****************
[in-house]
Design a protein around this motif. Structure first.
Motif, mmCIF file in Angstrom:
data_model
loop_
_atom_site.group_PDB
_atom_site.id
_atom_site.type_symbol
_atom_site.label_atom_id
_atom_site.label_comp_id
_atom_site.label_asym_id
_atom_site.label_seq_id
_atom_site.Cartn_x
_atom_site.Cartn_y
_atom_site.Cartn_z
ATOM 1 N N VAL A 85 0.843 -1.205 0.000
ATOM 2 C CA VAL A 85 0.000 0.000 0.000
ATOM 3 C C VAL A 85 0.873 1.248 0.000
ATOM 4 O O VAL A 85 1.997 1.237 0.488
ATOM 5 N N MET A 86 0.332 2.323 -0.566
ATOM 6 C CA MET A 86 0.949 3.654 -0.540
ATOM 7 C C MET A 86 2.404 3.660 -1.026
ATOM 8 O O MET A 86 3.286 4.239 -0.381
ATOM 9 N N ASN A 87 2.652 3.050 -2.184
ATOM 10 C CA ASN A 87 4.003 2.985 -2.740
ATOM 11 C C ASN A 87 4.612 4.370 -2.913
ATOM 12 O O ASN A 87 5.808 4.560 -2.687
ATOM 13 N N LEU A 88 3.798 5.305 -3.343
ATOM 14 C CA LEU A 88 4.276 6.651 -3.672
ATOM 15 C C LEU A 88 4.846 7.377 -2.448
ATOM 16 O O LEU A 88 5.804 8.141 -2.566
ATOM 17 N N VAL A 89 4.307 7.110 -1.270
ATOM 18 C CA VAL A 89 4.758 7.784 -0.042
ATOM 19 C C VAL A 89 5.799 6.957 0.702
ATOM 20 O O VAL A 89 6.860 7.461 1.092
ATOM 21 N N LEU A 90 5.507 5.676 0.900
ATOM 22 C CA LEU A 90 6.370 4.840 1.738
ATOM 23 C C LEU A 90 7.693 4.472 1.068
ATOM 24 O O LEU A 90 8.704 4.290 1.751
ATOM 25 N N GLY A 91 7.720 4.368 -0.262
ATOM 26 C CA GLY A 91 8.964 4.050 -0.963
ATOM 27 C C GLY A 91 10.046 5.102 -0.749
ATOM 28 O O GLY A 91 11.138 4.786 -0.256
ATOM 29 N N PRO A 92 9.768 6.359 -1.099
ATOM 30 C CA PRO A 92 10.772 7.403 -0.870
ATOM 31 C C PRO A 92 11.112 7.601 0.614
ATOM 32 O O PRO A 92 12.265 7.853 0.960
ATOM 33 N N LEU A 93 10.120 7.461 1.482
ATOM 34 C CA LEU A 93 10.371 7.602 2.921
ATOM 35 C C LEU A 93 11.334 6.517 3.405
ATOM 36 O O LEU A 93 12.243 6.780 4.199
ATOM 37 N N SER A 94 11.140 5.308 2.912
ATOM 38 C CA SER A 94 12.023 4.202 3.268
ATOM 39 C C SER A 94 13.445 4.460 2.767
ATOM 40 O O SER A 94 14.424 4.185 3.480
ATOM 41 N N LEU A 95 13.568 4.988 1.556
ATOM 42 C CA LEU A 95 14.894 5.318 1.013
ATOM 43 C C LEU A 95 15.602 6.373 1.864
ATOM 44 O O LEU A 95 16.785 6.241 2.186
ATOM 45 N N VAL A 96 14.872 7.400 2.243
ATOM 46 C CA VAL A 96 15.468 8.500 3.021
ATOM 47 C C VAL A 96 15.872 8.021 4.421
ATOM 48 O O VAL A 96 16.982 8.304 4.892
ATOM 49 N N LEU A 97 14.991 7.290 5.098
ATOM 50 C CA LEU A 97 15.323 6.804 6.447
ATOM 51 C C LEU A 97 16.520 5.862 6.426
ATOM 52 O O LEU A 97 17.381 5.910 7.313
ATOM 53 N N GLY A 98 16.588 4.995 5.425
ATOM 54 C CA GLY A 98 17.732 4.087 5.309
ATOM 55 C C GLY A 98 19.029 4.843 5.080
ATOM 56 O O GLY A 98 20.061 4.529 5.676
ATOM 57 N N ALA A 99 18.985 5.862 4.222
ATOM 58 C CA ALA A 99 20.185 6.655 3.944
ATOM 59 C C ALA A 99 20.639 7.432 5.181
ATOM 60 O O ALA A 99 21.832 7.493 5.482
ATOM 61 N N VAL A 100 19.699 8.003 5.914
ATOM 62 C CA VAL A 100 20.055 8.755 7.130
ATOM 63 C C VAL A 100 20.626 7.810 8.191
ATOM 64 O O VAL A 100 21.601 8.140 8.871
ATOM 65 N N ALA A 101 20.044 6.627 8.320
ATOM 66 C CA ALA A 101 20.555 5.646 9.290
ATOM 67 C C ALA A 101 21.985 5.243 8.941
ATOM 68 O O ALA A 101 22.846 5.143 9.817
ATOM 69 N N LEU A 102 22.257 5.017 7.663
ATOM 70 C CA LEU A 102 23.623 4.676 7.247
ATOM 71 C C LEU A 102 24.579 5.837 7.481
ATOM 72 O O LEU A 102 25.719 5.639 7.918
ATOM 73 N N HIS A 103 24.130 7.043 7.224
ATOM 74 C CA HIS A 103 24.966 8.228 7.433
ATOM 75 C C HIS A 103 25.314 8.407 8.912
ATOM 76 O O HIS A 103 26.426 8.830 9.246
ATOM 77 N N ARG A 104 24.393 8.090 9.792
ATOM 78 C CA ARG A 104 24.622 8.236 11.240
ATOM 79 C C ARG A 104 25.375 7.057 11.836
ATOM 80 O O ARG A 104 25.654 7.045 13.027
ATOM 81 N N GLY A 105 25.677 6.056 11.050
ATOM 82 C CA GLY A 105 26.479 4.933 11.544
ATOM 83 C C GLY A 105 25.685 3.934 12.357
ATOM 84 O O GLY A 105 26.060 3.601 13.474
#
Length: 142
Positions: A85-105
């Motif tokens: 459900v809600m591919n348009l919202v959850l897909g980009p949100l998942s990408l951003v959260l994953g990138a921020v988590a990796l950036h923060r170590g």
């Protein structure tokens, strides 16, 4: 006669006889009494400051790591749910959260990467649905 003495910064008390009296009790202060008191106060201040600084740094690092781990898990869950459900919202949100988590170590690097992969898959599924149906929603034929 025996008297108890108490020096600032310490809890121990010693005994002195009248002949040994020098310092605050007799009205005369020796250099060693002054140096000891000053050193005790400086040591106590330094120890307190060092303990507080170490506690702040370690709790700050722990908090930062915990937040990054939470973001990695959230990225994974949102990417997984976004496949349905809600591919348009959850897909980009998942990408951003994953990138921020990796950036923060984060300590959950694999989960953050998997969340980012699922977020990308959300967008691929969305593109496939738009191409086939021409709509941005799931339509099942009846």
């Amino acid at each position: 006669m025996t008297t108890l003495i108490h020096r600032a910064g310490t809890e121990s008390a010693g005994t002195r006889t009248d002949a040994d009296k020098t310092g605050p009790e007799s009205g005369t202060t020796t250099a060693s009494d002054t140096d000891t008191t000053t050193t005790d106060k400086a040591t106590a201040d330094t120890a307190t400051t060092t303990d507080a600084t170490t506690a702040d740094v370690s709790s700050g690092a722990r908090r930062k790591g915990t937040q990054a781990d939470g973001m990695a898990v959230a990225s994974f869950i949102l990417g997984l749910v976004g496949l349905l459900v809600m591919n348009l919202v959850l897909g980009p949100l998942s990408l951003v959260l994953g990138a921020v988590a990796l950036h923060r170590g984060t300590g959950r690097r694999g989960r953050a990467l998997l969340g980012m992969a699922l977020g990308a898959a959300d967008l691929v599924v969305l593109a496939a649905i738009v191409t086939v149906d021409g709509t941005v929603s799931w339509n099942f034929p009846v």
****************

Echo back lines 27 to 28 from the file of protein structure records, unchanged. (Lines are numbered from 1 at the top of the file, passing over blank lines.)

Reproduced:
ATOM 12 O O ASN A 87 5.808 4.560 -2.687
ATOM 13 N N LEU A 88 3.798 5.305 -3.343